August 28, 2020

‘Can noise, too, be a teacher pointing to Silence that is the ground of all? Is noise also (like everything else that exists) a spoke leading to the hub that is the Centre of us all?’ (Martin Laird, The Sunlit Absence (2011))

Yet do I remember the time past (Psalm 143.5).

WFH: DAY 123. 8.30 am: A communion. 9.00 am: In the studio, at the composition and mixing desk, I essayed ‘The Singing in the Air’. The task was to make a draft edit of a sample that will contribute to a notional whole. Headphones are like a face mask for the ears: after an hour, discomfort prevails. I bacon-sliced the track. ‘Be brutal, rigorous, and dispassionate, John!’, he enjoined. Heartlessness is one of my specialties.

10.30 am: Tea was delivered. A moment’s respite. A reflection on sacrifice and loss (courtesy of Professor Cruise’s Facebook post) 1 (Present): Henry Purcell’s plaint from The Fairy Queen (1692):

O, let me forever weep, My eyes no more shall welcome sleep. I’ll hide me from the sight of day, And sigh my soul away. He’s gone, his loss deplore, And I shall never see him more.

Back to the composition. In my mind’s-ear, I heard something approaching a cross between Byrd, Palestrina, and Ligeti. (This was taking an age.) 11.30 am: I’d extracted what I considered usable sub-samples from the source. There was a section that sounded like an ‘Amen’. It provided a quietly climatic resolution to an otherwise unsettling unfolding of chordal changes. Sometimes, as in this case, the beginning and ending of a piece present themselves simultaneously. Thereafter, I have to work a passage from the one to the other.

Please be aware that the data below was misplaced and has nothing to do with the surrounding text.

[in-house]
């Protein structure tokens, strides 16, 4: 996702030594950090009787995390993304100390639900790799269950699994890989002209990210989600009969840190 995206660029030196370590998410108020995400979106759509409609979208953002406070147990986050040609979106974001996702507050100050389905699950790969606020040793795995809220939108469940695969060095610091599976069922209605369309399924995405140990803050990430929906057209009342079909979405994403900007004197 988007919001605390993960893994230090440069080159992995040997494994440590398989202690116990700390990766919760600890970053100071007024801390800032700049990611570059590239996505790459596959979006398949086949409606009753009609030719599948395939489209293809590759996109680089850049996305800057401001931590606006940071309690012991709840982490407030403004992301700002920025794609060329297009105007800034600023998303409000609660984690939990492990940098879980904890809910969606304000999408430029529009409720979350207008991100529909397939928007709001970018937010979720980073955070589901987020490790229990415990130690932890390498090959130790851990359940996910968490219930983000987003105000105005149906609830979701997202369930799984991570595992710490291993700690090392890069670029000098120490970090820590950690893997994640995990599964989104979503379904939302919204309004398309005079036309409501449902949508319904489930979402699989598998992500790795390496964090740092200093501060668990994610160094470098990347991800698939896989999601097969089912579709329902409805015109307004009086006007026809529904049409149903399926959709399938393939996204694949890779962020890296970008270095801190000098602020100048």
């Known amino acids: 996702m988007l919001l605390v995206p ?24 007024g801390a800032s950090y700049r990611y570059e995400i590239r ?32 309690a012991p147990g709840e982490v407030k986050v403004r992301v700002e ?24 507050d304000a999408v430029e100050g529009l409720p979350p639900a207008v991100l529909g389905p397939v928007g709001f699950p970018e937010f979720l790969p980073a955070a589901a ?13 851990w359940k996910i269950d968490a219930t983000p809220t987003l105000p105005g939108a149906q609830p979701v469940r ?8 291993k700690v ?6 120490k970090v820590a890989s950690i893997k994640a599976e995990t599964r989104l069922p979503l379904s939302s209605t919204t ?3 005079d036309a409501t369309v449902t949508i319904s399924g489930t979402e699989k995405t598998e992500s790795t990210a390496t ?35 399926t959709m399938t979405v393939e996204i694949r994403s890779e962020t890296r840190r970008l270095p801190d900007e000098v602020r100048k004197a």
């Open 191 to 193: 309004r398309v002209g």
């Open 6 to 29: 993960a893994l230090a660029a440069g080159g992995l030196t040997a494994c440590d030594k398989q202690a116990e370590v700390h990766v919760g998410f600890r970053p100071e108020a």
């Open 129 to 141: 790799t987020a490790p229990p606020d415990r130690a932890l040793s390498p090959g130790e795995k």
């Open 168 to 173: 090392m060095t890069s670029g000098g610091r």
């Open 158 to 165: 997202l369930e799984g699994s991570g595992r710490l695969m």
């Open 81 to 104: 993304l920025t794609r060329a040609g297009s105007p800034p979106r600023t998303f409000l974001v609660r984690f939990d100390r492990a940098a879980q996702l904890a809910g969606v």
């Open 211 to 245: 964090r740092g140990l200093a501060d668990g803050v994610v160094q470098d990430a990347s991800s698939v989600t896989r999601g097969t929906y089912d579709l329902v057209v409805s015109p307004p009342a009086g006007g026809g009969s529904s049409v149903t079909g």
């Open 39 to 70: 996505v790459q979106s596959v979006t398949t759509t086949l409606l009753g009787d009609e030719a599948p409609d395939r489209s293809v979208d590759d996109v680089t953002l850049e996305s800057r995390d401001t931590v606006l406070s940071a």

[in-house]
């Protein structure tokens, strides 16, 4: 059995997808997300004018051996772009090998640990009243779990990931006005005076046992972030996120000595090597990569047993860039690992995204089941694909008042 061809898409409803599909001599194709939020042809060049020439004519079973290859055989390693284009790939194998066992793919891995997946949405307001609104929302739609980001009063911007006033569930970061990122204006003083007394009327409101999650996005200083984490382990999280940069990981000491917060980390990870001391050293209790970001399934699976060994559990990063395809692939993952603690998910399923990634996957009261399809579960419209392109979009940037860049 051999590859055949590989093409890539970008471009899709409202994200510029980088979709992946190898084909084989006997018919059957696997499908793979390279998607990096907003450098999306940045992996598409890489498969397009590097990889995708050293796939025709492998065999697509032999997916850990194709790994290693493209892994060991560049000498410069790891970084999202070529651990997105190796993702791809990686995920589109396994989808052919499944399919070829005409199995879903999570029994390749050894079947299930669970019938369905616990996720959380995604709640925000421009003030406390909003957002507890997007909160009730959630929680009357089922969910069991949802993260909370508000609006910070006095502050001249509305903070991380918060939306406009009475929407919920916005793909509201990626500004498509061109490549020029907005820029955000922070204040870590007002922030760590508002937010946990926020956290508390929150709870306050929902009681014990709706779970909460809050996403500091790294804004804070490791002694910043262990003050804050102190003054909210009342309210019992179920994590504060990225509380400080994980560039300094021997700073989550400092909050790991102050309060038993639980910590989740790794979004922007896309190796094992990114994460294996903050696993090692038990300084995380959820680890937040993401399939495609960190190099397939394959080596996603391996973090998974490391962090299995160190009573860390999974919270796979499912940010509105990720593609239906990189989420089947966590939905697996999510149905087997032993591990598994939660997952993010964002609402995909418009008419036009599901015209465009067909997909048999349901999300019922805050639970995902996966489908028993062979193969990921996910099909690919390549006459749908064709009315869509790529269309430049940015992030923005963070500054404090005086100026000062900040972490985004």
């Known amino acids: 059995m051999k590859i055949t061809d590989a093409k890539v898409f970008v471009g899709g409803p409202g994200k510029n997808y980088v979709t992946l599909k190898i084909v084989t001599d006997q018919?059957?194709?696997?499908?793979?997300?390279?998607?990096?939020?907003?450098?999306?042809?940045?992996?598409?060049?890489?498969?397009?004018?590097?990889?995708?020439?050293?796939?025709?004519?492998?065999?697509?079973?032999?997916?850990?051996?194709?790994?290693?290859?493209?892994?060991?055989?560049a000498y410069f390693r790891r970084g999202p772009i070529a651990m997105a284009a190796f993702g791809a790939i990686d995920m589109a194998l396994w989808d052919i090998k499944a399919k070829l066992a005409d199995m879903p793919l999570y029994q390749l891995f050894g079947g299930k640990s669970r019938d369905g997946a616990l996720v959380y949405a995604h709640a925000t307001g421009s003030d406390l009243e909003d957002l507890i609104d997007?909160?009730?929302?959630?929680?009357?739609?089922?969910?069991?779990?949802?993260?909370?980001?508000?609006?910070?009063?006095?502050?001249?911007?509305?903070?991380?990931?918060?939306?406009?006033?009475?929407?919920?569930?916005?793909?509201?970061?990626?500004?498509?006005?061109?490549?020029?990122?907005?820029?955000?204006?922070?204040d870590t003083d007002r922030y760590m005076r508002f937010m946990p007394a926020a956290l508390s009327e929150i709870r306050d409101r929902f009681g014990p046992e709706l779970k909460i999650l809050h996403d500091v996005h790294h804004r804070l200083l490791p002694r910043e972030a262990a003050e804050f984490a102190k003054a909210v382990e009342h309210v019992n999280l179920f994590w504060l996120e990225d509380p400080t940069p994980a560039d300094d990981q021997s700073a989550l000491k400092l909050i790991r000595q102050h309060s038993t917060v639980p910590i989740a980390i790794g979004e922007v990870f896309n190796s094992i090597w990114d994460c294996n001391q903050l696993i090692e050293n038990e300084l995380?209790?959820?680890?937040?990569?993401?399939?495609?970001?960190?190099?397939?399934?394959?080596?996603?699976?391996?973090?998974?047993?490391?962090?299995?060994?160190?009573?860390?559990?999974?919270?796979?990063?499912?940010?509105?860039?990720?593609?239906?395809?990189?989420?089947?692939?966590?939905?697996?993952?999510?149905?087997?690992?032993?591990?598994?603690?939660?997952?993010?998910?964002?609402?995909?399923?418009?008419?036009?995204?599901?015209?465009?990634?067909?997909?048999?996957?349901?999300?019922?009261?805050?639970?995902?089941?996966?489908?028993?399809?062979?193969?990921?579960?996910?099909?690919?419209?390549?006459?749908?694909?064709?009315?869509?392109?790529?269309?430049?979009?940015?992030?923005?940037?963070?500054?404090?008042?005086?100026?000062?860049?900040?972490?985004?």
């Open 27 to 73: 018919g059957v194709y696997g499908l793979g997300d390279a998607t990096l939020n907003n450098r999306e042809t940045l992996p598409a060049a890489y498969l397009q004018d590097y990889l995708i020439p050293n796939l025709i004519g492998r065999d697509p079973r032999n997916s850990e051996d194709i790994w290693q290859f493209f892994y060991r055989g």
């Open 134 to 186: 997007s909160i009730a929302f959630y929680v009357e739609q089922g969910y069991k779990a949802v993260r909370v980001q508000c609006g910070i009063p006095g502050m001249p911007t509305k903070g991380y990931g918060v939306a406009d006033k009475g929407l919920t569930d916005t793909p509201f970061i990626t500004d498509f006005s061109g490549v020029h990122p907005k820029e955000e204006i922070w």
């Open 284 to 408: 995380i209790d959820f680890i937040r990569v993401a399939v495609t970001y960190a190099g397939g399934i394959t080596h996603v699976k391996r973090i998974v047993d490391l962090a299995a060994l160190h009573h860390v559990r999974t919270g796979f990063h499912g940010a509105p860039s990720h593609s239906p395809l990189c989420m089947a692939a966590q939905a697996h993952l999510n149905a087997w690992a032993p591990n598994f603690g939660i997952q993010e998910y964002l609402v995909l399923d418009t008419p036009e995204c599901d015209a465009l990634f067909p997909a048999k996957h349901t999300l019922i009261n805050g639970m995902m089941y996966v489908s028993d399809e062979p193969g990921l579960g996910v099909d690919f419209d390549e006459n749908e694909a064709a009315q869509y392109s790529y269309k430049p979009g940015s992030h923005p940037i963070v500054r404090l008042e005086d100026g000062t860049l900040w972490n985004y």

2.00 pm: Before lunch, I’d begun the process of teasing together sub-samples. Each had to be honed. It was liking putting together the fragments of a broken pot that never had a fixed, intact identity. ‘Remember to make room for silence, John’, he urged. That silence — which is either in between, or in anticipation of, or at the close of sounds. I listened for the breath that underlay the developing composition — the pace at which the sub-samples inhaled and exhaled. A consistent rate of change had to be maintained throughout.

3.00 pm: A break. A reflection on sacrifice and loss 2 (Retrospective): Gentle Giant’s Think of Me with Kindness from Octopus (1972):

There, memories are sorrow, when there’s no tomorrow. Sleep while the sweet sorrow wakes my daydream; Sleep while you think of me with kindness, please remember former days. Sweet the song that once we sang, the silent parting ways.

A little reading:

3.15 pm: ‘Proceed!’ 4.30 pm: An outing. Apparition in the cemetery:

5.30 pm: A reflection on sacrifice and loss 3 (Prospective):

It had taken all day, thus far, to compose twenty-four seconds of sound (‘Part A’). And I was still tweaking. I pushed on with ‘Part B’ of the phrase, moving closer and closer to the final ‘Amen’. 6.00 pm: ‘Enough, already!’ My ears could no longer perceive the composition’s undercurrent. I listened to other pieces from the suite instead.

7.45 pm: I returned to ‘Part B’ for the remainder of the evening.

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